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Christmas Island death and riots November 2015

Christmas Island: Buildings torched in riot following detainee's death; claims guards have left detention centre; Immigration confirms 'disturbance'

Updated 30 minutes ago
A man being held inside the Christmas Island Detention Centre says detainees have set fire to the complex and taken control in the wake of the death of an escapee over the weekend.

Key points:

  • Immigration Department confirms disturbance on island
  • Inmates say buildings torched, riot ongoing
  • NZ MP says detainees are worried for their lives
  • Detainee found dead had "history of attempted suicide"
The Immigration Department has confirmed an ongoing "disturbance" at the Christmas Island detention centre following the death of Iranian Kurdish refugee Fazal Chegeni, whose body was found at the base of a cliff yesterday.
Mr Chegeni's death is being investigated by Australian Federal Police.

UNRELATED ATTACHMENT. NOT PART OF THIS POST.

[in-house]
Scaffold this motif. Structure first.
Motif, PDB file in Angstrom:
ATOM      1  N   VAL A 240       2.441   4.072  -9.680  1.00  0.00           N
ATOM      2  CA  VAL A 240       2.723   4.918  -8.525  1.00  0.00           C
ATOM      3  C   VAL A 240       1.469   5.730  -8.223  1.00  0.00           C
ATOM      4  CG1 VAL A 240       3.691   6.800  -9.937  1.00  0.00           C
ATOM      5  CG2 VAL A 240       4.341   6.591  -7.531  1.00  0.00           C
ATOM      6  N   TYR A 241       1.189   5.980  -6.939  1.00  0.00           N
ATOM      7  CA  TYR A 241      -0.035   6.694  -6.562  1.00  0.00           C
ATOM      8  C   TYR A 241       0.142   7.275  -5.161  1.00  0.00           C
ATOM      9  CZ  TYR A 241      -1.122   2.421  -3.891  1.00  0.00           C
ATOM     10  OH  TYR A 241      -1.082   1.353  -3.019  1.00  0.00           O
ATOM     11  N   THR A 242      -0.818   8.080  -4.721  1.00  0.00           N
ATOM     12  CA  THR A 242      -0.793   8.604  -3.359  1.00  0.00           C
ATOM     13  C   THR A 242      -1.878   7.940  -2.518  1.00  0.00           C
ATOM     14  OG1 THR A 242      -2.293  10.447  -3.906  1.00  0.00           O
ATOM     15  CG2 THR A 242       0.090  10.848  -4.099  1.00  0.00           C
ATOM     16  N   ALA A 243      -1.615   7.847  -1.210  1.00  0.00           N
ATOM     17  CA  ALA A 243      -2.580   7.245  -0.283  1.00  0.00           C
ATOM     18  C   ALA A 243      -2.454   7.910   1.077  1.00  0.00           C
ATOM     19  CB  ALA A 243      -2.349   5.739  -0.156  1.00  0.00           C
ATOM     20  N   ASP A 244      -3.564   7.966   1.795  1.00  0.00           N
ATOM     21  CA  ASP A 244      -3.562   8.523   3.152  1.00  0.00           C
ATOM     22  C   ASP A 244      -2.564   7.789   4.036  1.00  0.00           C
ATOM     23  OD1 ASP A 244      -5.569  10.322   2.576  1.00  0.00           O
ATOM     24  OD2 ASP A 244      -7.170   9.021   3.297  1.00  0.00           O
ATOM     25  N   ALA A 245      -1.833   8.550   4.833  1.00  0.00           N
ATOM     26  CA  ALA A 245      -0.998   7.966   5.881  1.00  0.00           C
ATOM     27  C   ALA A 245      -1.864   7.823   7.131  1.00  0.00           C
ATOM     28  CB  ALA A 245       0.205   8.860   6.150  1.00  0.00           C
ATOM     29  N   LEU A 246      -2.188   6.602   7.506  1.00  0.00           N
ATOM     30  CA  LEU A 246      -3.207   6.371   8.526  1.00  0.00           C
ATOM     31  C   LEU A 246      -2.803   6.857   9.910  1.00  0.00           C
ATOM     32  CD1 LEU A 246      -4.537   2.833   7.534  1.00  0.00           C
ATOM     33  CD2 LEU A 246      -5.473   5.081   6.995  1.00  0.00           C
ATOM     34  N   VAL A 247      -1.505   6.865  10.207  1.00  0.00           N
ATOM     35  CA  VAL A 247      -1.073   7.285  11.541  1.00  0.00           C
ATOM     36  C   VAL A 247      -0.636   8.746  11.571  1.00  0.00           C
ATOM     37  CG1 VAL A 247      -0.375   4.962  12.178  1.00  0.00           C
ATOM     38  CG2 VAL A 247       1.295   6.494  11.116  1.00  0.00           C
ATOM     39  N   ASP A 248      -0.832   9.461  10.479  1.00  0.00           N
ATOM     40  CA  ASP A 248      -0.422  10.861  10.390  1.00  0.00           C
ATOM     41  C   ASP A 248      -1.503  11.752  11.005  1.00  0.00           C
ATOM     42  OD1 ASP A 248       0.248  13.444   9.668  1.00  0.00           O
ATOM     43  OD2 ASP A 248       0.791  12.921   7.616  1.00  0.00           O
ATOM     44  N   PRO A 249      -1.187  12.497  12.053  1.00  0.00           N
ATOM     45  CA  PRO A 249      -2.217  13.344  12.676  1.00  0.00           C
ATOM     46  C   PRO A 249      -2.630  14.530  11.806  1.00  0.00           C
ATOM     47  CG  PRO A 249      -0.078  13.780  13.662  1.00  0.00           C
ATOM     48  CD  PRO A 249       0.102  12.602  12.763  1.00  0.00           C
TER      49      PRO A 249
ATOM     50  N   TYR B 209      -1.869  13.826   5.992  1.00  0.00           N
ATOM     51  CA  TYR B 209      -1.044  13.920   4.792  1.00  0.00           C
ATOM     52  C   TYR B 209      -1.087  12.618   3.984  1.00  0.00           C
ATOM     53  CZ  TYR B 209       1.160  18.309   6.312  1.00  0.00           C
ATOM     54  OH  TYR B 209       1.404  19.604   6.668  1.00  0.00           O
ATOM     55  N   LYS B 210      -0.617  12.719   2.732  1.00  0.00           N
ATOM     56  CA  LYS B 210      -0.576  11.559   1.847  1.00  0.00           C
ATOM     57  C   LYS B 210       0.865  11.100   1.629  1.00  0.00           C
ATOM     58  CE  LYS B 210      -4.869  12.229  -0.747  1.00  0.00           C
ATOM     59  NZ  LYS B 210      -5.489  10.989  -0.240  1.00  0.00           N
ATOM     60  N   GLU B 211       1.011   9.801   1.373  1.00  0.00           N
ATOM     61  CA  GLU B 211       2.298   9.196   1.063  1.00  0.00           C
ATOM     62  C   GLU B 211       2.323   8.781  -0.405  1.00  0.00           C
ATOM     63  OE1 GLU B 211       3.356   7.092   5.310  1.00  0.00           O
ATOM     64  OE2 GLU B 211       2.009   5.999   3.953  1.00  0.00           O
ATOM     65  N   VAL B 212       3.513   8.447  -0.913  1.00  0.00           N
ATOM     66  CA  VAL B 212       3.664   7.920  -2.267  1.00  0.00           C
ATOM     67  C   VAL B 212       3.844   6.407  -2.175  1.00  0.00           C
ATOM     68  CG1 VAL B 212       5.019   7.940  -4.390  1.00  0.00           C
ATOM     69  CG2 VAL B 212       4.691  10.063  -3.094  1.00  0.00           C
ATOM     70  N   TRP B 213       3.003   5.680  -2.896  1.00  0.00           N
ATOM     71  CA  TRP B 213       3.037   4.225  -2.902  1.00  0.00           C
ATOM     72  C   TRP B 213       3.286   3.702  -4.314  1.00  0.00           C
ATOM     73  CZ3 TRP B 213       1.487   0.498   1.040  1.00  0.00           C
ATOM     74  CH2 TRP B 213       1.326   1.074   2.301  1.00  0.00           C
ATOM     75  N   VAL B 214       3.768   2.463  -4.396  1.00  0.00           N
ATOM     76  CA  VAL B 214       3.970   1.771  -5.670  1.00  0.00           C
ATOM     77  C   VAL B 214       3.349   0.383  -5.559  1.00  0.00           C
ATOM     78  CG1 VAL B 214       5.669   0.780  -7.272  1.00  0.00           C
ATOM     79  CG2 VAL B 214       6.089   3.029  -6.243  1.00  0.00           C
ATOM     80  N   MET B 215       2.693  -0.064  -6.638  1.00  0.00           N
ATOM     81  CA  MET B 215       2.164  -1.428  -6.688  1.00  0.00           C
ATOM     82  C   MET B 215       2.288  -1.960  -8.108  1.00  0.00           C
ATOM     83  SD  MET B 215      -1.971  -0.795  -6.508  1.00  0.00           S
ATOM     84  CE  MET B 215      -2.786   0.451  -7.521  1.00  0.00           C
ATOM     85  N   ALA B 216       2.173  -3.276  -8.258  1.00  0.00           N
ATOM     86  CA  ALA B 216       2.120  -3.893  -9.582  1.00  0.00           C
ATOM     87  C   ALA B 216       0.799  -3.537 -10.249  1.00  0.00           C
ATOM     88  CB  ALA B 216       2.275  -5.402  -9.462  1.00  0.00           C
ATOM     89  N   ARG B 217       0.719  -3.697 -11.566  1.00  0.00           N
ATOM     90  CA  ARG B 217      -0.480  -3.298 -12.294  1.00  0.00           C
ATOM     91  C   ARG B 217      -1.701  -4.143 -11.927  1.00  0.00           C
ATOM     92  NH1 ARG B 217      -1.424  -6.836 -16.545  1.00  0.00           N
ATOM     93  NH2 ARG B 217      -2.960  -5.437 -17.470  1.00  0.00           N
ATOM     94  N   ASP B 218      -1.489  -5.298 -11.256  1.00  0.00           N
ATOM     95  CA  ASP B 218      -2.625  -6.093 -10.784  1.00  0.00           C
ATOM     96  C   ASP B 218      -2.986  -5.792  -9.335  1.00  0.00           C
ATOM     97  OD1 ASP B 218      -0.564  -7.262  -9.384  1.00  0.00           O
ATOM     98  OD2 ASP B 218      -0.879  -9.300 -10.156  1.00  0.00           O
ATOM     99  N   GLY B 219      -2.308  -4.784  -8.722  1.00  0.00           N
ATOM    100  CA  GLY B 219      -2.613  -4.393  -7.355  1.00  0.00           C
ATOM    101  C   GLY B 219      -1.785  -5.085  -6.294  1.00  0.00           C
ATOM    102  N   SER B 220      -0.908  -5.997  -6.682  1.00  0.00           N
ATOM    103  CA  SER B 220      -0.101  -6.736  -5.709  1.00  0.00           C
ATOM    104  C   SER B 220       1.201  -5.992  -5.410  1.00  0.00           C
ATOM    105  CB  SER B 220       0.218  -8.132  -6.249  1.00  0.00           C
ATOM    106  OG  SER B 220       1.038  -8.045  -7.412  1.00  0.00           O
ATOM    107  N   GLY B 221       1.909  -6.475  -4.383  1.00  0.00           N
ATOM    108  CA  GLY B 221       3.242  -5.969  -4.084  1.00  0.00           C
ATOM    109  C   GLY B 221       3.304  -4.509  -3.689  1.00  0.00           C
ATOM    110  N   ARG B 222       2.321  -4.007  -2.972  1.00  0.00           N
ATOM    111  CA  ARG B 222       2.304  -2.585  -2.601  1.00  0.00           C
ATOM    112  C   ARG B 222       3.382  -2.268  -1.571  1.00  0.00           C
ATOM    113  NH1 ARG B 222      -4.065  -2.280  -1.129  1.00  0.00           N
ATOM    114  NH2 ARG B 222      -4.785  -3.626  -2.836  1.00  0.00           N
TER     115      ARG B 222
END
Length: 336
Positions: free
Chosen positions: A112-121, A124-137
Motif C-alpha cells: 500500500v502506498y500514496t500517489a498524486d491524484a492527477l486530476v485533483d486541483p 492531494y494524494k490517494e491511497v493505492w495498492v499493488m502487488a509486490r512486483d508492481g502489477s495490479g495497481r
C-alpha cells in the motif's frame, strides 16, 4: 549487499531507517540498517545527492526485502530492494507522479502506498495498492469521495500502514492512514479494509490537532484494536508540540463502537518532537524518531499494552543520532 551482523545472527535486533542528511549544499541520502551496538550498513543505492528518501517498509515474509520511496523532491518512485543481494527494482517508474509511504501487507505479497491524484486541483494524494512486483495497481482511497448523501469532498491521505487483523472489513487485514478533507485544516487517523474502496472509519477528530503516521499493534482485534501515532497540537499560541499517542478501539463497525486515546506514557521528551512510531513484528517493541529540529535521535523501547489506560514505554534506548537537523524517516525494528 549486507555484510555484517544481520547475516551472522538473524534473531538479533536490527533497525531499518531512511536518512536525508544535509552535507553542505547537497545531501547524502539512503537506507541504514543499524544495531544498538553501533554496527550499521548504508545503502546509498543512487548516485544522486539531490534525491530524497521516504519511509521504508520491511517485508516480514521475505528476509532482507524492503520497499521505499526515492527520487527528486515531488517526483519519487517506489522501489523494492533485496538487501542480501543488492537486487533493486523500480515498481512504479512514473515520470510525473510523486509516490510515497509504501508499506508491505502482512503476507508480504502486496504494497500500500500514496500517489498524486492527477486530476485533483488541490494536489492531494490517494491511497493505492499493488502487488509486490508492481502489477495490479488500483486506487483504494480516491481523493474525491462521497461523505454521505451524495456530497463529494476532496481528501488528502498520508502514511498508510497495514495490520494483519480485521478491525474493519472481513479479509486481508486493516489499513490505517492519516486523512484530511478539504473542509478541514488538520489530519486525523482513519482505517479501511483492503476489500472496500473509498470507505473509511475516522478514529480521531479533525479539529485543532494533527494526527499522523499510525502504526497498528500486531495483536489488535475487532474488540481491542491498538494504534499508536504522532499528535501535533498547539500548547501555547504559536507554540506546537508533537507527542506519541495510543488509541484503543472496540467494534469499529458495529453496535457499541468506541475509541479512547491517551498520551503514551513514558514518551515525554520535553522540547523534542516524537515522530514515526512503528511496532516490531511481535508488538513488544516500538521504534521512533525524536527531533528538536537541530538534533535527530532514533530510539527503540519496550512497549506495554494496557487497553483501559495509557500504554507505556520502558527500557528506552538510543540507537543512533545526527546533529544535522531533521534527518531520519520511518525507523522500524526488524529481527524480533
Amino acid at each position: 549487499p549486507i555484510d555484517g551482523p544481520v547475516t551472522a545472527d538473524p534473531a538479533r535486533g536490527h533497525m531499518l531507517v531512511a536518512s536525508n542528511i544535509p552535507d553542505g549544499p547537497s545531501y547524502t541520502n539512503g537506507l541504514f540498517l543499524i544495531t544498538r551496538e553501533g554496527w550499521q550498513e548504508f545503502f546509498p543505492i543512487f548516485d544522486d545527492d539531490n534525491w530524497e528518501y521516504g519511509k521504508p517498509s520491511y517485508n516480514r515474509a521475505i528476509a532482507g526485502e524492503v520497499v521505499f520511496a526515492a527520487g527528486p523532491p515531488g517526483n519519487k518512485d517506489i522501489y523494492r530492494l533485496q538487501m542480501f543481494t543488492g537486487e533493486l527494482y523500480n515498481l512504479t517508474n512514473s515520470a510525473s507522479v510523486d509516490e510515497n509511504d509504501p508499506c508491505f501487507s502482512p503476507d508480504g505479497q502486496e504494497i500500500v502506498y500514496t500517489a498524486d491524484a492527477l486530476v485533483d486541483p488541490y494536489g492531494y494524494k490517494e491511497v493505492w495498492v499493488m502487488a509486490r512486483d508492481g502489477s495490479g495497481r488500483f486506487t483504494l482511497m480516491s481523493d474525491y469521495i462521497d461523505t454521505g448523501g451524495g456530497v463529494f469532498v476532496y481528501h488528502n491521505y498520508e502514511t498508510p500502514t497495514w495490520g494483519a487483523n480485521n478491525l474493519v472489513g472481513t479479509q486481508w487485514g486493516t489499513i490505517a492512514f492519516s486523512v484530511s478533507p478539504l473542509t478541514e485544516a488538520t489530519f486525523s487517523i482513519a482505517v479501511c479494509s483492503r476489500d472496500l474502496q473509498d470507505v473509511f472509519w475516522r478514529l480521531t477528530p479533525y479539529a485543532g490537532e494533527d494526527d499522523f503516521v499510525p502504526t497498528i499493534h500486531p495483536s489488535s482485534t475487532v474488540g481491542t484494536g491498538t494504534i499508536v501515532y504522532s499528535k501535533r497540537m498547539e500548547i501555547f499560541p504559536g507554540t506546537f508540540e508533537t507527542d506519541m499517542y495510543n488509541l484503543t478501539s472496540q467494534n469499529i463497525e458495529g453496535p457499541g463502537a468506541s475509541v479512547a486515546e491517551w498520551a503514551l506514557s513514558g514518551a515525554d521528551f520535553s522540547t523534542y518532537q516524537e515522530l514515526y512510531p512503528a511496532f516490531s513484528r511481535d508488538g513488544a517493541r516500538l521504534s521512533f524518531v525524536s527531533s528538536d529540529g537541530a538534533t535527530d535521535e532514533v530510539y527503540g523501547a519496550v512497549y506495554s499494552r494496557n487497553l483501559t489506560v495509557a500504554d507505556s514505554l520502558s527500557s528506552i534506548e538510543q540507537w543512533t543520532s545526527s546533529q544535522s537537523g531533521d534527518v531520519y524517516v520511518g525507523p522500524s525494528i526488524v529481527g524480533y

There are reports guards have abandoned the detention centre and fences have been torn down.
Twenty-five year-old detainee Matej Cuperka told the ABC ex-convicts who had their Australian visas cancelled after serving time in jail started the riot.
"The death (of the Iranian man) is very, very suspicious," he said.
"They [the inmates who are rioting] believe Serco officers did something to him.
"I clearly heard him in the morning screaming for help, and the next thing I see they be bringing him in a body bag, and after that the whole place went into lockdown.
"About 30 people started a fight with the emergency response team in front of the medical [clinic] where officers left their stations and put the place in lockdown."
"They are setting fires everywhere," Mr Cuperka added.